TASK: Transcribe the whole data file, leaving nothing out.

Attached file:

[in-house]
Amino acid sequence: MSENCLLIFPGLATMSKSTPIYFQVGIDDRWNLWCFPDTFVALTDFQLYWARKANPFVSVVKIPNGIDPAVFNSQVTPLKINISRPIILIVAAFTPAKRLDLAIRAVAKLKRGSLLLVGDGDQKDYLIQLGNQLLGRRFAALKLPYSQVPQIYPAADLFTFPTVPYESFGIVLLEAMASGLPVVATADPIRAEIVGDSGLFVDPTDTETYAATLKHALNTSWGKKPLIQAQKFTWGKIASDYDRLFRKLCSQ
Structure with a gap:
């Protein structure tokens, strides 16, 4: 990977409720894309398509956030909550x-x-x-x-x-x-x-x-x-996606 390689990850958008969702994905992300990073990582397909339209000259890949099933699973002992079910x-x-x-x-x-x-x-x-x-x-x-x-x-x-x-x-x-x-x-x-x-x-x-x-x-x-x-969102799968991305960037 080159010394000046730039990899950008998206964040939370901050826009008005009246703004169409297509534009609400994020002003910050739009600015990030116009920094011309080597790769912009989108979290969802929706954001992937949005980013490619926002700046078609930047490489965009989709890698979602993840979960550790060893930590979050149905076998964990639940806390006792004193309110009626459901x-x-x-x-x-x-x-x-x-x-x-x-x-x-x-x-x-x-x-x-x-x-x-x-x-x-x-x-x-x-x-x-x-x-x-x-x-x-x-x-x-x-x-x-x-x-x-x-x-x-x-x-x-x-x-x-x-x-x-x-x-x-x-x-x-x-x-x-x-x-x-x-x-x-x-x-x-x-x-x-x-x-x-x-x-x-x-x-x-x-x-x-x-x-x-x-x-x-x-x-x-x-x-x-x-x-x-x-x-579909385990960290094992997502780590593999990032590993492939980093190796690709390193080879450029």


[in-house]
Amino acid sequence: MSENCLLIFPGLATMSKSTPIYFQVGIDDRWNLWCFPDTFVALTDFQLYWARKANPFVSVVKIPNGIDPAVFNSQVTPLKINISRPIILIVAAFTPAKRLDLAIRAVAKLKRGSLLLVGDGDQKDYLIQLGNQLLGRRFAALKLPYSQVPQIYPAADLFTFPTVPYESFGIVLLEAMASGLPVVATADPIRAEIVGDSGLFVDPTDTETYAATLKHALNTSWGKKPLIQAQKFTWGKIASDYDRLFRKLCSQ
Structure with a gap:
């Protein structure tokens, strides 16, 4: 990977409720894309398509956030909550x-x-x-x-x-x-x-x-x-996606 390689990850958008969702994905992300990073990582397909339209000259890949099933699973002992079910x-x-x-x-x-x-x-x-x-x-x-x-x-x-x-x-x-x-x-x-x-x-x-x-x-x-x-969102799968991305960037 080159010394000046730039990899950008998206964040939370901050826009008005009246703004169409297509534009609400994020002003910050739009600015990030116009920094011309080597790769912009989108979290969802929706954001992937949005980013490619926002700046078609930047490489965009989709890698979602993840979960550790060893930590979050149905076998964990639940806390006792004193309110009626459901x-x-x-x-x-x-x-x-x-x-x-x-x-x-x-x-x-x-x-x-x-x-x-x-x-x-x-x-x-x-x-x-x-x-x-x-x-x-x-x-x-x-x-x-x-x-x-x-x-x-x-x-x-x-x-x-x-x-x-x-x-x-x-x-x-x-x-x-x-x-x-x-x-x-x-x-x-x-x-x-x-x-x-x-x-x-x-x-x-x-x-x-x-x-x-x-x-x-x-x-x-x-x-x-x-x-x-x-x-579909385990960290094992997502780590593999990032590993492939980093190796690709390193080879450029």